greg secrett

Latest posts by greg secrett

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snails and slugs

Posted: 21/07/2014 at 11:53

the other way is to put bowls of beer around your plants.  slugs love beer and they have a bit too much and never get out of the bowl

Plum fruit problem

Posted: 18/07/2014 at 14:59

it could well be damage sustained a few weeks back.  if you had a few windy days the fruit will rub against each other and against branches and it will end up with what looks like a brown scab as you describe. I have quite a lot of this going on this year too!  thankfully the fruit is still edible!

help! my salad leaves have holes

Posted: 16/07/2014 at 16:35

it could also be sceptomyza which is a little fly that punctures the leaf to lay its eggs which will become the dreaded leaf miner.  for both pests a good yellow sticky trap would sort out the bulk of the problem but thrip net will fully sort it.

with the seed trays we use the same tray all year round and the cells are 65mm deep. works fine!

What not to grow

Posted: 16/07/2014 at 16:08   psb is a great crop for our winters.  if you choose the right variety then its the cold weather that leads to the production of the purple spears.  all the varieties from tozers can be found in small pack sizes on the net. I use summer purple, red spear, red arrow and cardinal and this covers October until may.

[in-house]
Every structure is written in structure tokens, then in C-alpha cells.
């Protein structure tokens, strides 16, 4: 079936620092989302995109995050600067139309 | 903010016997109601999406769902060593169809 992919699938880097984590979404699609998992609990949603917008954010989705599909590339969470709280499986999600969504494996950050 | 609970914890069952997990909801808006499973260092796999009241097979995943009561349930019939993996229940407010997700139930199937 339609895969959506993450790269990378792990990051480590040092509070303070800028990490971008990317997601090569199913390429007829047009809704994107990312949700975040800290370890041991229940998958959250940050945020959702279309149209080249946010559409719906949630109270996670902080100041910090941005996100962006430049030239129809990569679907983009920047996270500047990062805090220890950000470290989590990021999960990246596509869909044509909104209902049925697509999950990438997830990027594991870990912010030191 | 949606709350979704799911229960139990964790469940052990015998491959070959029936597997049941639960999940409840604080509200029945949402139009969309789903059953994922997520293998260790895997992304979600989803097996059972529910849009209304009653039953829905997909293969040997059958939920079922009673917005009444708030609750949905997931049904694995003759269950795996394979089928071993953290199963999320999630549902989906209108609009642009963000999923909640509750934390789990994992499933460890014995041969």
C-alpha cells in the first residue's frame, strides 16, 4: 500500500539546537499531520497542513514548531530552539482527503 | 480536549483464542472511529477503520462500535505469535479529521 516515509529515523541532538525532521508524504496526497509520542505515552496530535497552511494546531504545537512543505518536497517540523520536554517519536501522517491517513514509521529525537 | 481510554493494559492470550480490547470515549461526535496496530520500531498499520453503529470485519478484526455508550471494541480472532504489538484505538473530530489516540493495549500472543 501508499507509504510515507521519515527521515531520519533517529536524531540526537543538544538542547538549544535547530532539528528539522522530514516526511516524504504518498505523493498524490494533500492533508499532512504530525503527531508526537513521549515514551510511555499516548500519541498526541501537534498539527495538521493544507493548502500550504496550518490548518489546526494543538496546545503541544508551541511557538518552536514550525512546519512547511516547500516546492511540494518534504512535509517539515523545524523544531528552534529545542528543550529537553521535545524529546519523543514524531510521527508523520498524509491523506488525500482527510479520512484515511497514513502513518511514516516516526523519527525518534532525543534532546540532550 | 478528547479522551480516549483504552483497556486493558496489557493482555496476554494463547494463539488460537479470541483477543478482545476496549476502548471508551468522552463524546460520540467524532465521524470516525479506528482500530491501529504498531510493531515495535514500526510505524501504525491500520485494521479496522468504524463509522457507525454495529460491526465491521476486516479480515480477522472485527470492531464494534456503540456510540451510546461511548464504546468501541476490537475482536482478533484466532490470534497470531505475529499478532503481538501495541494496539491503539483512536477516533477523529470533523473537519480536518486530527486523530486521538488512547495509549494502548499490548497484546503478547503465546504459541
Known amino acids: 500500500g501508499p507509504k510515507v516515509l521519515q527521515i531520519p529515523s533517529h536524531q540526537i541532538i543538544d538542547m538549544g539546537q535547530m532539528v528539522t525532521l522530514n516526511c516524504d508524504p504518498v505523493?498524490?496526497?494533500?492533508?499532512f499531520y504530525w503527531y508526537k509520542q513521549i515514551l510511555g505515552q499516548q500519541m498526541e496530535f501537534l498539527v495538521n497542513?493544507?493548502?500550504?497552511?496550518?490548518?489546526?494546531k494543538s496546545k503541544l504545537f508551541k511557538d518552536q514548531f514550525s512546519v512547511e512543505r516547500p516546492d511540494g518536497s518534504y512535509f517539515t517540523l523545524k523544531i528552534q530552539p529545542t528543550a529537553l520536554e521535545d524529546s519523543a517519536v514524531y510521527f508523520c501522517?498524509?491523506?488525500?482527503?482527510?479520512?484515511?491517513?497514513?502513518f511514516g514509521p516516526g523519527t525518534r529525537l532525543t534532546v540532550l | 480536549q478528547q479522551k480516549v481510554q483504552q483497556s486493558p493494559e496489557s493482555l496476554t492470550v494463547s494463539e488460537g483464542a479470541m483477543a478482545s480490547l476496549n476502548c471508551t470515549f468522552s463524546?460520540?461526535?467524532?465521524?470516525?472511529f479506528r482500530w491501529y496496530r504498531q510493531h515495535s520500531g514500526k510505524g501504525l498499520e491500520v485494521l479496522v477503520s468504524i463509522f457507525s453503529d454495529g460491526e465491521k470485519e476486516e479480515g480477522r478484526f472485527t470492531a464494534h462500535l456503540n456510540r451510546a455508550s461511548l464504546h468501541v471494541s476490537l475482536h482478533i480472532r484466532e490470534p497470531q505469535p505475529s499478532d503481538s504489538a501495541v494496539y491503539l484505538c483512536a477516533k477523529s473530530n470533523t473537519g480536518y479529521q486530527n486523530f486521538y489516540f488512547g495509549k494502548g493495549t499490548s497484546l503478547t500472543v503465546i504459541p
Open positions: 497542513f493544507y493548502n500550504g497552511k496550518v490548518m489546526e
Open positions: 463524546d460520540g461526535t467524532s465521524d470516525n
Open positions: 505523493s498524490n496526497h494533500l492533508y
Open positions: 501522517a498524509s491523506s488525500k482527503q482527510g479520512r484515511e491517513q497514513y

Mottled leaves on mint

Posted: 16/07/2014 at 15:59

are you ok with chems or prefer the natural route?  thrips don't like water particularly.  regular watering will keep them off to an extent.  sticky traps will help too. or a pesticide containing deltamethrin will sort them out.

Mottled leaves on mint

Posted: 16/07/2014 at 14:57


to me it looks suspisciously like thrip damage.  can you find any of the little devils?



What not to grow

Posted: 16/07/2014 at 14:04

I have come across this thread in my search for information regarding celtuce.  I don't know if you green magpie will see this but here's hoping you do!  I am a market gardener in surrey supplying fresh produce to the restaurants in London.  they are always after the unusual!  celtuce is now a crop that I am growing. I am picking my first stems now after a very painless growing process.  when I first tasted it I thought it was foul!  the leaves bitter and the stem even more so.  I found out what to do with it though and it is fast becoming my favourite veg!!!   just discard the leaves as the true beauty is in the stem. it must be peeled however and then its delicious raw and even better cooked. last night I lightly fried some in ginger, honey and soy and it was divine.


anyway that is my 2 pennies worth!



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